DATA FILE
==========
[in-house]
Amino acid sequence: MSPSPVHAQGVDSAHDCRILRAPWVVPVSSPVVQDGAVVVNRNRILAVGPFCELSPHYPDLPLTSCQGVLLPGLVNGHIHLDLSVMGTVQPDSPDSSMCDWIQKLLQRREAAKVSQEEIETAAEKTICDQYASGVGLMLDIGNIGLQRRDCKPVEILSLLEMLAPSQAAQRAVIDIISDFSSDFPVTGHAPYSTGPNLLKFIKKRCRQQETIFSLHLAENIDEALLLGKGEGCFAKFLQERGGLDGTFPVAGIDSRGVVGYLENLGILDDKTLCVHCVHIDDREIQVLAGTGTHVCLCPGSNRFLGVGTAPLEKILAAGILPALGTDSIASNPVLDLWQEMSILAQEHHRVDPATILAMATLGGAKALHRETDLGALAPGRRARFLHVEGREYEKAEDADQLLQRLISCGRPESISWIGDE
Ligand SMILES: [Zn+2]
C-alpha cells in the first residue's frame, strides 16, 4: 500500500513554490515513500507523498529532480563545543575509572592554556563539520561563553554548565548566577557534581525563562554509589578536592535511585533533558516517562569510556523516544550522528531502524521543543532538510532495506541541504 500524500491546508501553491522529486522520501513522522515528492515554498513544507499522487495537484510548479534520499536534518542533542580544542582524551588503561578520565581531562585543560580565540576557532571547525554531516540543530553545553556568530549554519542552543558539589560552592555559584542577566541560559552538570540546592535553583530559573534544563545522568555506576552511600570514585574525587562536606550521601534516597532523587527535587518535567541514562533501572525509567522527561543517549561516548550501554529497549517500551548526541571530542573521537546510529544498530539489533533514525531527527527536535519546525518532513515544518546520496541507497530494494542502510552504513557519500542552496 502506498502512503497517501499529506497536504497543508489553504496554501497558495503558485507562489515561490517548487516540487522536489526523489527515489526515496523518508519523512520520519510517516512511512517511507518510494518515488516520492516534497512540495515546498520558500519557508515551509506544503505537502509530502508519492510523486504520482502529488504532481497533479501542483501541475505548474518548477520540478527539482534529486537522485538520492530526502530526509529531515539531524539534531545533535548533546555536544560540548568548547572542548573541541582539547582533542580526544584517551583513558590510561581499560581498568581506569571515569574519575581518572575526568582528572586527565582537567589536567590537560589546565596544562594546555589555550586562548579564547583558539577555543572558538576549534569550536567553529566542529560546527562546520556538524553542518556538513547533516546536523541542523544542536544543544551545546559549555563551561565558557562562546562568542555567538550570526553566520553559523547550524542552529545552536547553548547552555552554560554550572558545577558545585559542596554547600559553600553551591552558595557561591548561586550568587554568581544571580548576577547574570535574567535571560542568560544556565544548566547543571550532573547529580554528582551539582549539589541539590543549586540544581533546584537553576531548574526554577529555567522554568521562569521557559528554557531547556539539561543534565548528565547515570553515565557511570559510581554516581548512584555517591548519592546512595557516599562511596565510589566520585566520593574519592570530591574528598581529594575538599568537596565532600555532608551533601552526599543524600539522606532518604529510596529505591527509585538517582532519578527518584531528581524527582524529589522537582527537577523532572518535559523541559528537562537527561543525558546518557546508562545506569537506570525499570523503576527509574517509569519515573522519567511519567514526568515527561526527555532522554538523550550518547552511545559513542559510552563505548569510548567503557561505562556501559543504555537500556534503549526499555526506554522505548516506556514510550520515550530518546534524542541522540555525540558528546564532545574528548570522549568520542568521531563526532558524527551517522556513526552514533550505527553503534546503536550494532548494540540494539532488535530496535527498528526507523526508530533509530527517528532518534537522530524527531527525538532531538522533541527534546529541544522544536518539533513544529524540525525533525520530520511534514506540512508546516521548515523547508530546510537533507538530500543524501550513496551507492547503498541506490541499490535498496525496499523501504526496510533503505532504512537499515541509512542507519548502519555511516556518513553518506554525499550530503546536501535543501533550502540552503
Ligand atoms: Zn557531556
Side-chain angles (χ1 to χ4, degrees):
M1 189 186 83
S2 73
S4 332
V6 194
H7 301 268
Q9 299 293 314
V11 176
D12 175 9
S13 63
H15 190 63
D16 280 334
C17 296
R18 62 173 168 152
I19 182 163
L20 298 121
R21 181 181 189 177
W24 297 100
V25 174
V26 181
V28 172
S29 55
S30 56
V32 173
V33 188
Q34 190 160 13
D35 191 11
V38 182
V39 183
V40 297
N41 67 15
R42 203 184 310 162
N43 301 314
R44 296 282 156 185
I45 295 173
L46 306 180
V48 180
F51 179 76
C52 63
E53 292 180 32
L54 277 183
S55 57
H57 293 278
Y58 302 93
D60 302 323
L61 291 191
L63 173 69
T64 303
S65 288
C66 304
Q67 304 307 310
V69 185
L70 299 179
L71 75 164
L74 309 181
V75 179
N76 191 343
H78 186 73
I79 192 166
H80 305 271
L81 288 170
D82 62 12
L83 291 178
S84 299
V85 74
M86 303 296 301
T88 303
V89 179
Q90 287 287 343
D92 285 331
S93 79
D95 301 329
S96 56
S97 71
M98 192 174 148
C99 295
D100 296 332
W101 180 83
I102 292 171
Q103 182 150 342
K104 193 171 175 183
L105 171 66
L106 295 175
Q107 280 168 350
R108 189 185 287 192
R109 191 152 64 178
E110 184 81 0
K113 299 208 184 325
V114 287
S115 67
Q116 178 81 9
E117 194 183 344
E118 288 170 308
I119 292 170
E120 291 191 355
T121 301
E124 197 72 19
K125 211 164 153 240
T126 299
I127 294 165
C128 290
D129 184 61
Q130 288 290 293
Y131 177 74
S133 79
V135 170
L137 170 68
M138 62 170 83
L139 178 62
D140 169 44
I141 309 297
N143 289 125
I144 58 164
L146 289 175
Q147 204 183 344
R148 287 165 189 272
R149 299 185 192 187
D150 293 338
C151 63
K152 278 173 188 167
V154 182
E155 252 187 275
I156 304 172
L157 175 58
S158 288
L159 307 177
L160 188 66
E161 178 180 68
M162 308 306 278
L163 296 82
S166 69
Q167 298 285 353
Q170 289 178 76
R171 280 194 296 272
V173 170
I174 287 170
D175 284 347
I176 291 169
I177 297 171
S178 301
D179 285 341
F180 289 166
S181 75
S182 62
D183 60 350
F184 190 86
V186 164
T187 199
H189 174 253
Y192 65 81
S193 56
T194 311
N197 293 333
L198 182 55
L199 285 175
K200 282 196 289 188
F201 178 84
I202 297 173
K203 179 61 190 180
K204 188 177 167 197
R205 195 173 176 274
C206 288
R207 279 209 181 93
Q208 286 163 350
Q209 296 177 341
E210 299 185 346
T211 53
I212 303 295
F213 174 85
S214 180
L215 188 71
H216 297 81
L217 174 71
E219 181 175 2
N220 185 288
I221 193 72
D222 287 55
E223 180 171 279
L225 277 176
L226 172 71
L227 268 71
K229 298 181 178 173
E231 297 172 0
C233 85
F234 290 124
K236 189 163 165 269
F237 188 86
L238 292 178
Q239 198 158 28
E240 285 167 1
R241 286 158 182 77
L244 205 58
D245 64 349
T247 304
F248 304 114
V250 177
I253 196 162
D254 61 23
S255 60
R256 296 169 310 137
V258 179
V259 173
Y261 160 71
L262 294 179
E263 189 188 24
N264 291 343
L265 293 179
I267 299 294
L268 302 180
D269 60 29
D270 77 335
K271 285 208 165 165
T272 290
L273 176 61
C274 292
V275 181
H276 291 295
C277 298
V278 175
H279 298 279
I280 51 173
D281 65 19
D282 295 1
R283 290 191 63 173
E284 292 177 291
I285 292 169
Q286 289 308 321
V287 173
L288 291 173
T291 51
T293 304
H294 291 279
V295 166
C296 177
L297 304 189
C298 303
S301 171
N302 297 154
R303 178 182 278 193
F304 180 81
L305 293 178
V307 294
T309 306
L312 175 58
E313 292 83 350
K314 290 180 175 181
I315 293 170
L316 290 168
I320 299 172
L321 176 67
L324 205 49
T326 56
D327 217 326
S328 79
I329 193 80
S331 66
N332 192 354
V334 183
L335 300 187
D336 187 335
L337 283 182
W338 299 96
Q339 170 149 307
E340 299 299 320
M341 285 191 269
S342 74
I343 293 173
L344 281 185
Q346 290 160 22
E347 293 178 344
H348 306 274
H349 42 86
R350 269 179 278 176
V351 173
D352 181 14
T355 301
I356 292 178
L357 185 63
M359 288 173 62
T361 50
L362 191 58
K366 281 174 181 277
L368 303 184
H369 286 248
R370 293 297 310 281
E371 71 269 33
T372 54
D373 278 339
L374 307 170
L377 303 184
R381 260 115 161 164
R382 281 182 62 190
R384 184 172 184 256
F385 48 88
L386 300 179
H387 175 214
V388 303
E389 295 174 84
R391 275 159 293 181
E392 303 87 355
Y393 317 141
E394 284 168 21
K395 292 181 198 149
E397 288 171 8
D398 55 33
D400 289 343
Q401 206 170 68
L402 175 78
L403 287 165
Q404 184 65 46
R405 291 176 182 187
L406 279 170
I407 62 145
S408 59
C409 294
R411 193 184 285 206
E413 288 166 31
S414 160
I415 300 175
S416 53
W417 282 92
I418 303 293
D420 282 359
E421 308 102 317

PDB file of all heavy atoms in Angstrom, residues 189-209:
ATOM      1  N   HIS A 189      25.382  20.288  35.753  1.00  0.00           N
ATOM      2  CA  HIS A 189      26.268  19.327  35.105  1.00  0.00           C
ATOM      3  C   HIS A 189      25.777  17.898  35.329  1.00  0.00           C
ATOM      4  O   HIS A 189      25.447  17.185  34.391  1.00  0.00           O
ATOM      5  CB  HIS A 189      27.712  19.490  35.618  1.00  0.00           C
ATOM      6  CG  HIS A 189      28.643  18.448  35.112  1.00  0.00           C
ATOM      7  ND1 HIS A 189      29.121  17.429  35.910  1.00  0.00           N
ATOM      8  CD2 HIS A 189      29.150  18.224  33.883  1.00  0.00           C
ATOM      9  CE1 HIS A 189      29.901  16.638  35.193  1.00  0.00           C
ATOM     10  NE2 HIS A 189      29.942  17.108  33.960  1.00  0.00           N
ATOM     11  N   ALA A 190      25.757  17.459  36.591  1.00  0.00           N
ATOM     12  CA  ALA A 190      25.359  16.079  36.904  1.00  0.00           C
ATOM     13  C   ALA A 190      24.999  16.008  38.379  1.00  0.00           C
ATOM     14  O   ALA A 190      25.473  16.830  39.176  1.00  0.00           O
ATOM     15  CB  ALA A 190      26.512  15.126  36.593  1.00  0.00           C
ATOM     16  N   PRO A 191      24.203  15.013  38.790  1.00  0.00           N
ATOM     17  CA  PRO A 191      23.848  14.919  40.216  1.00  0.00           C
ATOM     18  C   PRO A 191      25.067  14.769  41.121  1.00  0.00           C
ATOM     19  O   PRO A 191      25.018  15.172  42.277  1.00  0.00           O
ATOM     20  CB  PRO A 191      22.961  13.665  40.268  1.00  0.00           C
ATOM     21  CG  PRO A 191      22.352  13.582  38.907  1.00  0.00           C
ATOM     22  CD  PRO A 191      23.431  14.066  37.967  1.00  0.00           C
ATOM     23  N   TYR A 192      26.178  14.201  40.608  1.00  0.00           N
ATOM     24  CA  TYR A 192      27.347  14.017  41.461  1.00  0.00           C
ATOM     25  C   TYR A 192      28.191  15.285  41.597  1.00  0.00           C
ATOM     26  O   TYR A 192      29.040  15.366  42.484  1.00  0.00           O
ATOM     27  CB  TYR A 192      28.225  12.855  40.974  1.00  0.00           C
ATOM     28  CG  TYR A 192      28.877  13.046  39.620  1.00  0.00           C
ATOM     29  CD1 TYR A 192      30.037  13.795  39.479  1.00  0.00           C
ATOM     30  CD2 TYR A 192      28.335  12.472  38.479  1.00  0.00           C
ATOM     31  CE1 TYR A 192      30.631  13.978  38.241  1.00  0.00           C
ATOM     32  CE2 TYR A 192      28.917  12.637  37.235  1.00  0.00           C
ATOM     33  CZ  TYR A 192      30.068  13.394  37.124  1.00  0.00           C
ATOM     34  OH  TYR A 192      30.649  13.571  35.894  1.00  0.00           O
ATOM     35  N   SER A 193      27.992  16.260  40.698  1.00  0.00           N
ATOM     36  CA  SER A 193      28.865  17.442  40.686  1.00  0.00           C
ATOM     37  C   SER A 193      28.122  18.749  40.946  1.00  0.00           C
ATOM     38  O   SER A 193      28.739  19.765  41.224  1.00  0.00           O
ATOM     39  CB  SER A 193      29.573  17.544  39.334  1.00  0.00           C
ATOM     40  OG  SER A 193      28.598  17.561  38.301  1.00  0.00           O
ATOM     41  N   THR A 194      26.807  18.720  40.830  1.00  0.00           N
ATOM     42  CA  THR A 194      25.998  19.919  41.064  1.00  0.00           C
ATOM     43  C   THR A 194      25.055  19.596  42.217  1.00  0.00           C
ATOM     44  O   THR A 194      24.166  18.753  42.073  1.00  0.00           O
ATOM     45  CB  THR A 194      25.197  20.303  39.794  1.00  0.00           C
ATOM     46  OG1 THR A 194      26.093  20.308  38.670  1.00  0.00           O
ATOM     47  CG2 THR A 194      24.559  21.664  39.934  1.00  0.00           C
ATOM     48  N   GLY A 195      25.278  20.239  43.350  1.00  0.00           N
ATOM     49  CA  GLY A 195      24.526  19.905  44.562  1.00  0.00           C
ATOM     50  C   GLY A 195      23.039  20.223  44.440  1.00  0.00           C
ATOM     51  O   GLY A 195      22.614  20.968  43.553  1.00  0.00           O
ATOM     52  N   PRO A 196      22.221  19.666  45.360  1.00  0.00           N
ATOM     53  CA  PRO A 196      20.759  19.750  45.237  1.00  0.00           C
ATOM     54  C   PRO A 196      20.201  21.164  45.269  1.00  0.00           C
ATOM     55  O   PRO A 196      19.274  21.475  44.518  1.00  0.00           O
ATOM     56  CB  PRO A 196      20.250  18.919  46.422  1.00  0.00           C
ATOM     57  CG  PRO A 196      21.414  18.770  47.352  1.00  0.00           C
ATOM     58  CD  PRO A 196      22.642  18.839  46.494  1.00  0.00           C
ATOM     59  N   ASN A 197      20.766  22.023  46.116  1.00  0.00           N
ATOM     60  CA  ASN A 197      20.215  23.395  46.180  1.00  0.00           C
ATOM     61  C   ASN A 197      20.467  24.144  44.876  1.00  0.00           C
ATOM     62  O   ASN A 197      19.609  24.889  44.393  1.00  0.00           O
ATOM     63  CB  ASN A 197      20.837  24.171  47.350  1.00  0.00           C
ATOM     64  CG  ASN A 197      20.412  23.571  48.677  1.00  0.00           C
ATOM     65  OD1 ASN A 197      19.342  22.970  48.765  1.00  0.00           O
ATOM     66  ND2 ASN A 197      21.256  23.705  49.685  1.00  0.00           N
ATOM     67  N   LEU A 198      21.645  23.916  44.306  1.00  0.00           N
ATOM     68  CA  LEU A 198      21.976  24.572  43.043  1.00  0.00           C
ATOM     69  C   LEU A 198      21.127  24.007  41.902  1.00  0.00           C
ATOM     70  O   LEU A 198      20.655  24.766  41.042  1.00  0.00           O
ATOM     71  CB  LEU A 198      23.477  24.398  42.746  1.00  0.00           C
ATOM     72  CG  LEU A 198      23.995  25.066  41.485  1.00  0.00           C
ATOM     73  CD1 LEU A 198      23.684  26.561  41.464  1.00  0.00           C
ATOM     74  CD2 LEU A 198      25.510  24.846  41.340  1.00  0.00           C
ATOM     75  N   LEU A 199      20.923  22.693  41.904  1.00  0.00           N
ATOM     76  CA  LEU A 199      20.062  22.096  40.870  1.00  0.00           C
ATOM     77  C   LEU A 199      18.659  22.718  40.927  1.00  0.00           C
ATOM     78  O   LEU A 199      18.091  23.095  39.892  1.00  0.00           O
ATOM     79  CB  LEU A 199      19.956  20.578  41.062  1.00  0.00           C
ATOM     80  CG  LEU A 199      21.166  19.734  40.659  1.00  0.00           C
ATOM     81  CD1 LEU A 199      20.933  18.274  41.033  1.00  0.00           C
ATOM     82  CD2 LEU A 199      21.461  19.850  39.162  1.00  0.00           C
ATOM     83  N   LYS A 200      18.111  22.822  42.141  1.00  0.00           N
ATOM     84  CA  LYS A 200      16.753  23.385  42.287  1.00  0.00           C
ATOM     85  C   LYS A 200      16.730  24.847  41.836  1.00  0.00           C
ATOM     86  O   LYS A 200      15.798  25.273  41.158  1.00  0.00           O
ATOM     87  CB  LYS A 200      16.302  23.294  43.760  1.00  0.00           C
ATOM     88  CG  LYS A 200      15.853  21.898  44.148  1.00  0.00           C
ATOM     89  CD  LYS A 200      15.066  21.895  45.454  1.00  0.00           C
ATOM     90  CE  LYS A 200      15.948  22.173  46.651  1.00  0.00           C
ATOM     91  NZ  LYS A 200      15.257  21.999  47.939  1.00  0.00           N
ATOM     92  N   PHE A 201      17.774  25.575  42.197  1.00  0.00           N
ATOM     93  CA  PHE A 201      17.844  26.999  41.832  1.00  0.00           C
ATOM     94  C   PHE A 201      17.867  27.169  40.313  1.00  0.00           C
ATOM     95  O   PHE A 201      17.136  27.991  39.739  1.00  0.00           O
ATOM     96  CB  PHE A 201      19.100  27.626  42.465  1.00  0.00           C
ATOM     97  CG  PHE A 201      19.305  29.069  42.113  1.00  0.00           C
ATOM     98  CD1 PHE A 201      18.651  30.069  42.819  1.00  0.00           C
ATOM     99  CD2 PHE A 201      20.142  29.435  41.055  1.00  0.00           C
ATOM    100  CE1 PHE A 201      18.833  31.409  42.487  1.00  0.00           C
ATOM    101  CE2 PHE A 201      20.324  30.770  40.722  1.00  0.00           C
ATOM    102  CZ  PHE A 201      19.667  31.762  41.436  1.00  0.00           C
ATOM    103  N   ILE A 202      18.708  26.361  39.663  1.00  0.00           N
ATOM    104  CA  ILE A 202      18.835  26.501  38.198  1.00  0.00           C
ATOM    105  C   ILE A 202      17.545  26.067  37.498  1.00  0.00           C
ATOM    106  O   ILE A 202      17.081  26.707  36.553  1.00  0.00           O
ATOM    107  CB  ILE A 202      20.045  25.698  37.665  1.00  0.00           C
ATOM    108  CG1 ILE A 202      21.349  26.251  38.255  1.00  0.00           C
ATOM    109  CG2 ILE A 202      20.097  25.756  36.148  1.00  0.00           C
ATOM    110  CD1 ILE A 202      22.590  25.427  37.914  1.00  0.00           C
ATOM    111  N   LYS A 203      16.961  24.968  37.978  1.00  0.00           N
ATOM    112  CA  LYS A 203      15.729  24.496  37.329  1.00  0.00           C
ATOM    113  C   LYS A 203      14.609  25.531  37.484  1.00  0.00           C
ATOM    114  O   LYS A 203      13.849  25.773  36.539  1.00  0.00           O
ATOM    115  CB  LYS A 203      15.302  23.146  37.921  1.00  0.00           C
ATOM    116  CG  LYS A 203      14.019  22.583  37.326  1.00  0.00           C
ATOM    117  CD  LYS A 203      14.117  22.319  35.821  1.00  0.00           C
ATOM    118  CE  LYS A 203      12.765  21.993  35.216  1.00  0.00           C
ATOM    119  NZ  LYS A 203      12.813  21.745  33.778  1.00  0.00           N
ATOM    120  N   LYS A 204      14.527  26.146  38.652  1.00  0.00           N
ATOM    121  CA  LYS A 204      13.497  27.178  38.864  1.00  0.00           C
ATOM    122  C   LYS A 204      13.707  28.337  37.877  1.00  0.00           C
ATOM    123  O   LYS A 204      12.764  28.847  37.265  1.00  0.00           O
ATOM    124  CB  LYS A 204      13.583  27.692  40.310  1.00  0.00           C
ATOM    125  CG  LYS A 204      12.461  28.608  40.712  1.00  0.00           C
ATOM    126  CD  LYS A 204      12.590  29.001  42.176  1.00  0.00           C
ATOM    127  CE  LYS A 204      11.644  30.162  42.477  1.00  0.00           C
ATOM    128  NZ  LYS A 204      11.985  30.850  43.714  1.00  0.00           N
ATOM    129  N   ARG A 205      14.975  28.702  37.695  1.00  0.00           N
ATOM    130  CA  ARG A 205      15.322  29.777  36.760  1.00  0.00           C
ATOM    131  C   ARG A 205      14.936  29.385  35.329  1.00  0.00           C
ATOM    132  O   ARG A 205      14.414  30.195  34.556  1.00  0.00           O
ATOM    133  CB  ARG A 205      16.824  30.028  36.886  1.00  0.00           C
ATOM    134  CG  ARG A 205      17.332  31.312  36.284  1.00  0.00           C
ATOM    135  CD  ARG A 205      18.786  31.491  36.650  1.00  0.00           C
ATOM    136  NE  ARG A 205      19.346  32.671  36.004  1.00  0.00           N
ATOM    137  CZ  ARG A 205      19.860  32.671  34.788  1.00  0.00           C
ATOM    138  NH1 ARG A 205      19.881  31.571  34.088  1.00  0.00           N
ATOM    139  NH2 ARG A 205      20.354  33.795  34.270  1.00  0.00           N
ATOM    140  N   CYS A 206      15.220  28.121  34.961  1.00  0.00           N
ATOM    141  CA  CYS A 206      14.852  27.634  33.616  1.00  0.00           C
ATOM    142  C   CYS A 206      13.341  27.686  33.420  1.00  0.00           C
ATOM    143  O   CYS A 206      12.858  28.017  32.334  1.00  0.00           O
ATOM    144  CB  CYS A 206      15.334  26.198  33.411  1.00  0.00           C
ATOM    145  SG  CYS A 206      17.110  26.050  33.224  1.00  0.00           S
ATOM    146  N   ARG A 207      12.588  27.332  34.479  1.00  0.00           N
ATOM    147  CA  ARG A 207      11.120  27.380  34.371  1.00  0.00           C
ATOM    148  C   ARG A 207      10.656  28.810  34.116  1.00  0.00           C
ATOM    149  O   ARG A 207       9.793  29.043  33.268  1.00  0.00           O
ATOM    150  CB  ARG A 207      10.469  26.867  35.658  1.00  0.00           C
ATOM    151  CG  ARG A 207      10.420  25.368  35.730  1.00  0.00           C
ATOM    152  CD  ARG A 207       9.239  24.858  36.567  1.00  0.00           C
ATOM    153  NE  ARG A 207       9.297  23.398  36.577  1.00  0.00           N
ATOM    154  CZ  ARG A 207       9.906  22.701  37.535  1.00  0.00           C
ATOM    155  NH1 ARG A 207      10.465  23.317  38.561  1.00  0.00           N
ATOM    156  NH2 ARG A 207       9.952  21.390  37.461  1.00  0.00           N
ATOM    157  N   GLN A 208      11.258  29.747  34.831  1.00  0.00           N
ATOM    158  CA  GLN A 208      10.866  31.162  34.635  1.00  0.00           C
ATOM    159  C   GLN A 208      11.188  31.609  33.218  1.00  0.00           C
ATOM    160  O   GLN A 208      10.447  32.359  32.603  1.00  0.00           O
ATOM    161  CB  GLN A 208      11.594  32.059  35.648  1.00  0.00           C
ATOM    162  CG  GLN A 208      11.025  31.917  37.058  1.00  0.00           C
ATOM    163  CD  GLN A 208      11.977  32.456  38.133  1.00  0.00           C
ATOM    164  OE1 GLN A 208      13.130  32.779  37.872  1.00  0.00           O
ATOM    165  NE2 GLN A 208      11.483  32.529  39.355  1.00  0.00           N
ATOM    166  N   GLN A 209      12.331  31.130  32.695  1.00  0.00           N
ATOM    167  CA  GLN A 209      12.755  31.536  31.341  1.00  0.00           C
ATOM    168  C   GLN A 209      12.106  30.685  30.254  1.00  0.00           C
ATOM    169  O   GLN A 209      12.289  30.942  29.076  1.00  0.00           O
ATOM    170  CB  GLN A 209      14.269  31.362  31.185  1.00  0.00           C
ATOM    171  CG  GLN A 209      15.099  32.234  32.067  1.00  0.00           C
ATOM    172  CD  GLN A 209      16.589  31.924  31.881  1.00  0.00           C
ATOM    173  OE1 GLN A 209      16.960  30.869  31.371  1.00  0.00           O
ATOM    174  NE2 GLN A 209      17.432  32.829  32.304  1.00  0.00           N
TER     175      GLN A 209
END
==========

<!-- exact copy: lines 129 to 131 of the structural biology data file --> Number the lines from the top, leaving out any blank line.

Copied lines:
L157 175 58
S158 288
L159 307 177